What did I learn in those tough times? I learned a lot including the following:
  • Empathy is essential
  • Err on the side of assuming positive motives and intent
  • Don't be quick to judge and also don't be quick to trust--sometimes peoples' motives are not well intended or directed
  • Focus on the mission of your work and endeavor 
  • When in doubt, ask questions
  • Keep a written record of events
  • Be respectful and considerate
  • You always can wait to respond or act--time is the friend of conflict resolution
  • You may not understand the root cause or rationale for struggle, it may take years ahead to fully understand what really happened
Bad times happen and we weather them when we approach those times with our best selves, support, and direction. During those tough years, I found strength and inspiration through the words and actions of many. I hope I can be a support to those who struggle too. 

Becoming a Teacher Naturalist

In a sense, I became a child naturalist at a young age as my dad brought us on one outdoor exploration after another. We were always hiking, swimming, biking, and exploring in the woods, at the ocean, and along mountain trails as children. These explorations brought us great joy and a sense of adventure.

Then when I became a teacher, I was drawn to the community where I teach, in part, by the natural beauty of the land. The community members have taken conservation and environmentalism seriously and have protected lots of natural land and water throughout the community. As a young mother, my husband and I explored many of those paths, trails, and waterways with our own children. Later my children continued to explore the land and waterways with countless local adventures such as canoeing to school, hiking to the area's highest peak (small as it may be), running through the outdoor trails, swimming in the local lakes and ponds, and biking from one town and nature sanctuary to another.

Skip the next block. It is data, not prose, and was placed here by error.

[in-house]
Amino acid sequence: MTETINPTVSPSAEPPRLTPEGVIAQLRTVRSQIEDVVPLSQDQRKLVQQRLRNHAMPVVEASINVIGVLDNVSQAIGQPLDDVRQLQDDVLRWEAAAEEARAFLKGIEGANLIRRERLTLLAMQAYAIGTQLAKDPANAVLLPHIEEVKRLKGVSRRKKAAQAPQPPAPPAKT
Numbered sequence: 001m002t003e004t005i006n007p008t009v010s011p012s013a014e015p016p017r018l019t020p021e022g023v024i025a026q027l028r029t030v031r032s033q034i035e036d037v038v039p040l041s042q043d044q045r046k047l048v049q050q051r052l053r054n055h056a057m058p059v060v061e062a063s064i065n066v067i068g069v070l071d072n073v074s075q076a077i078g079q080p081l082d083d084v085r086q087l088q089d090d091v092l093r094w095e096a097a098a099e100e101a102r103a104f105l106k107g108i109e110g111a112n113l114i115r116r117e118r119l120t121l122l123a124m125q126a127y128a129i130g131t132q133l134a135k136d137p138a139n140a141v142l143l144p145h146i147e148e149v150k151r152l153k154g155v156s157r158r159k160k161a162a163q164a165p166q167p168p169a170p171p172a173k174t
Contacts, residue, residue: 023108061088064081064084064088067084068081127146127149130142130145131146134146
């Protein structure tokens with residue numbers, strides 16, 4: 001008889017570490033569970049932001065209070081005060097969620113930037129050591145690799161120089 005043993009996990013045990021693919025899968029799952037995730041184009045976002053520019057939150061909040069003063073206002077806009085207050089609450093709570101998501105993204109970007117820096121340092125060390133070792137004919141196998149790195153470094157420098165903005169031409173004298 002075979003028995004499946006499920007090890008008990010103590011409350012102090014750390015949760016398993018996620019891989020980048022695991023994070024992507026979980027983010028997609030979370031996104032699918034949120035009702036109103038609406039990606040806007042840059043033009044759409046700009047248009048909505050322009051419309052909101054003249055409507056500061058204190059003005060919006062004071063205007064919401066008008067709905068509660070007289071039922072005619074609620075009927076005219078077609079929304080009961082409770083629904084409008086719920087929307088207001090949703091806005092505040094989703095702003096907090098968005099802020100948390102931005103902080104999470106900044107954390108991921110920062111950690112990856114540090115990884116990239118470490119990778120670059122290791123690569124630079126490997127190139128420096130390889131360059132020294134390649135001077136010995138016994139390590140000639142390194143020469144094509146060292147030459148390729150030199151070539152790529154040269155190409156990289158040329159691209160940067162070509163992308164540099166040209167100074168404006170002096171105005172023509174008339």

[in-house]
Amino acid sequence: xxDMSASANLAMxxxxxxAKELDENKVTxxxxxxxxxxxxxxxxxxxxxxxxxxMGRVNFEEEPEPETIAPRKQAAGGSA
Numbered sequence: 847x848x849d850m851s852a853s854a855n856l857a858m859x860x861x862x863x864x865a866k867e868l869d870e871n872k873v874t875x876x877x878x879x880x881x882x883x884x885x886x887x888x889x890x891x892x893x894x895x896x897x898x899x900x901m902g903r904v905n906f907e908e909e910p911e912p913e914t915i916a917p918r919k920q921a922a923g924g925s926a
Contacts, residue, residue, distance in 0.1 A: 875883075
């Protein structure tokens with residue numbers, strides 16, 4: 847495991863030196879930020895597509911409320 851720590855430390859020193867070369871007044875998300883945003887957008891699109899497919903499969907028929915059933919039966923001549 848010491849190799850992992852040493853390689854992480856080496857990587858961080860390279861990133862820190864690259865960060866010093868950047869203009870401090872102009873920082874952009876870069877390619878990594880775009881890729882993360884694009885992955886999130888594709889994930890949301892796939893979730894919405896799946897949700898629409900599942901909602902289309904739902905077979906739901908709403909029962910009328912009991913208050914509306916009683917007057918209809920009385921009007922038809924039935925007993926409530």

Where I live is Thoreau land and there is a deep commitment to the natural lands and water--and this deep commitment is visible via the countless environmental organizations that exist. As a teacher I have wanted to forward this sense of appreciation, understanding, and stewardship to my students, and over time I have participated in a number of activities to do this, but I must say I am not satisfied with what I've done and feel that I can do more. Many families and teachers in our school system have committed substantial time to composting, gardening, creating nature trails, and studying the local landscape with students. This has been wonderful, and I believe we can still do more. My part in this is to work with my grade-level colleagues to develop our river/wetlands environmental education with the local Audubon Drumlin Farm Wildlife Sanctuary and the National Wild and Scenic River System/Program. We are fortunate to be the recipients of a grant to support our efforts.

What does this mean for me as an educator?

In the weeks, months, and years ahead this means that I'll do the following:
  • Embed the state science, technology, and engineering standards into our Junior River Ranger booklet and program.
  • Tour the lands and waterways myself to explore and learn about natural habitat and to plan for students' trips and explorations.
  • Read books and information about the local lands and waterways.
  • Attend related events.
  • Develop our program with system leadership, families, students and colleagues.
  • Assess our efforts and develop our collective work and study.
This is an exciting aspect of my work as an educator because it is timely, engaging, meaningful, and well supported. There is much to do, and I look forward to the work ahead. I am also open to your thoughts and suggestions. 

Embedding Science Standards into Wetlands and River Studies

Our students are embarking on an environmental exploration of rivers and wetlands habitat with the support of Audubon's Drumlin Farm Wildlife Sanctuary and the National Wild and Scenic Rivers Program.

As I prepare for these explorations, I took a look at how we will integrate this work with the Massachusetts Science Technology and Engineering (STE) standards and practices, and this is what I came up with.